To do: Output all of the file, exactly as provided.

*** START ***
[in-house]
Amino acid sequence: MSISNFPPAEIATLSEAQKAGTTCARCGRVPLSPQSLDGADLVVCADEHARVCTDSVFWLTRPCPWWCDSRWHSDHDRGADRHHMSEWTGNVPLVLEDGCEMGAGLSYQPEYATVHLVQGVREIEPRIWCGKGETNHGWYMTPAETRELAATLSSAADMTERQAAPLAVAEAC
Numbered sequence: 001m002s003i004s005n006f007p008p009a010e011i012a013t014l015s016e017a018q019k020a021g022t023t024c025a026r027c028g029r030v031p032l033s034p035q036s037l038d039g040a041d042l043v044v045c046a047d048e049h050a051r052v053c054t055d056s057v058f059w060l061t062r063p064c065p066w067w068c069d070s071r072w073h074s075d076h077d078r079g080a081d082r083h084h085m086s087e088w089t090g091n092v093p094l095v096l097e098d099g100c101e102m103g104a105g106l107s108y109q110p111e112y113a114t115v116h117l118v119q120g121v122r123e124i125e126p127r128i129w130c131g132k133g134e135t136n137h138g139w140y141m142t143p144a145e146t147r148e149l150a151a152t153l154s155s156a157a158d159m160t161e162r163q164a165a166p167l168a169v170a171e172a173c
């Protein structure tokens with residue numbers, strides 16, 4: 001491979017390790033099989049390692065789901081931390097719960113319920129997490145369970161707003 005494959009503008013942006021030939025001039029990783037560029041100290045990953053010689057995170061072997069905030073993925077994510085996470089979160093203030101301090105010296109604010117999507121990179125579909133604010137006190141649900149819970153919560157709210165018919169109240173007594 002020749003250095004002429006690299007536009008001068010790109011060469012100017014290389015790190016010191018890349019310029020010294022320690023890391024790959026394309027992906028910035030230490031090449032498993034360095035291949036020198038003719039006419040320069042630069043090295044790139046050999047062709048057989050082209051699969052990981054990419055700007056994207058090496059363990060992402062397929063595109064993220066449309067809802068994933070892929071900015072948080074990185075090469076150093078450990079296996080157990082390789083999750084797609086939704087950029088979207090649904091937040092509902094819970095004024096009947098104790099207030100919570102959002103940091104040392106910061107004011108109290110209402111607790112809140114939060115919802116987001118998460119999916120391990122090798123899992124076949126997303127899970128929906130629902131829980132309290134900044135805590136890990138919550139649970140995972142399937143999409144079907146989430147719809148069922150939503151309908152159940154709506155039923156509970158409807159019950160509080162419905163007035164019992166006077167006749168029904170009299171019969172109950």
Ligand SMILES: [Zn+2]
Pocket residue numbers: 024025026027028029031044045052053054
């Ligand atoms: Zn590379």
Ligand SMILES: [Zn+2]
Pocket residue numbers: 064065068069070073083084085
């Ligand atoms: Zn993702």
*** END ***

[in-house]
Amino acid sequence: MSISNFPPAEIATLSEAQKAGTTCARCGRVPLSPQSLDGADLVVCADEHARVCTDSVFWLTRPCPWWCDSRWHSDHDRGADRHHMSEWTGNVPLVLEDGCEMGAGLSYQPEYATVHLVQGVREIEPRIWCGKGETNHGWYMTPAETRELAATLSSAADMTERQAAPLAVAEAC
Numbered sequence: 001m002s003i004s005n006f007p008p009a010e011i012a013t014l015s016e017a018q019k020a021g022t023t024c025a026r027c028g029r030v031p032l033s034p035q036s037l038d039g040a041d042l043v044v045c046a047d048e049h050a051r052v053c054t055d056s057v058f059w060l061t062r063p064c065p066w067w068c069d070s071r072w073h074s075d076h077d078r079g080a081d082r083h084h085m086s087e088w089t090g091n092v093p094l095v096l097e098d099g100c101e102m103g104a105g106l107s108y109q110p111e112y113a114t115v116h117l118v119q120g121v122r123e124i125e126p127r128i129w130c131g132k133g134e135t136n137h138g139w140y141m142t143p144a145e146t147r148e149l150a151a152t153l154s155s156a157a158d159m160t161e162r163q164a165a166p167l168a169v170a171e172a173c
């Protein structure tokens with residue numbers, strides 16, 4: 001491979017390790033099989049390692065789901081931390097719960113319920129997490145369970161707003 005494959009503008013942006021030939025001039029990783037560029041100290045990953053010689057995170061072997069905030073993925077994510085996470089979160093203030101301090105010296109604010117999507121990179125579909133604010137006190141649900149819970153919560157709210165018919169109240173007594 002020749003250095004002429006690299007536009008001068010790109011060469012100017014290389015790190016010191018890349019310029020010294022320690023890391024790959026394309027992906028910035030230490031090449032498993034360095035291949036020198038003719039006419040320069042630069043090295044790139046050999047062709048057989050082209051699969052990981054990419055700007056994207058090496059363990060992402062397929063595109064993220066449309067809802068994933070892929071900015072948080074990185075090469076150093078450990079296996080157990082390789083999750084797609086939704087950029088979207090649904091937040092509902094819970095004024096009947098104790099207030100919570102959002103940091104040392106910061107004011108109290110209402111607790112809140114939060115919802116987001118998460119999916120391990122090798123899992124076949126997303127899970128929906130629902131829980132309290134900044135805590136890990138919550139649970140995972142399937143999409144079907146989430147719809148069922150939503151309908152159940154709506155039923156509970158409807159019950160509080162419905163007035164019992166006077167006749168029904170009299171019969172109950």
Ligand SMILES: [Zn+2]
Pocket residue numbers: 024025026027028029031044045052053054
């Ligand atoms: Zn590379």
Ligand SMILES: [Zn+2]
Pocket residue numbers: 064065068069070073083084085
């Ligand atoms: Zn993702």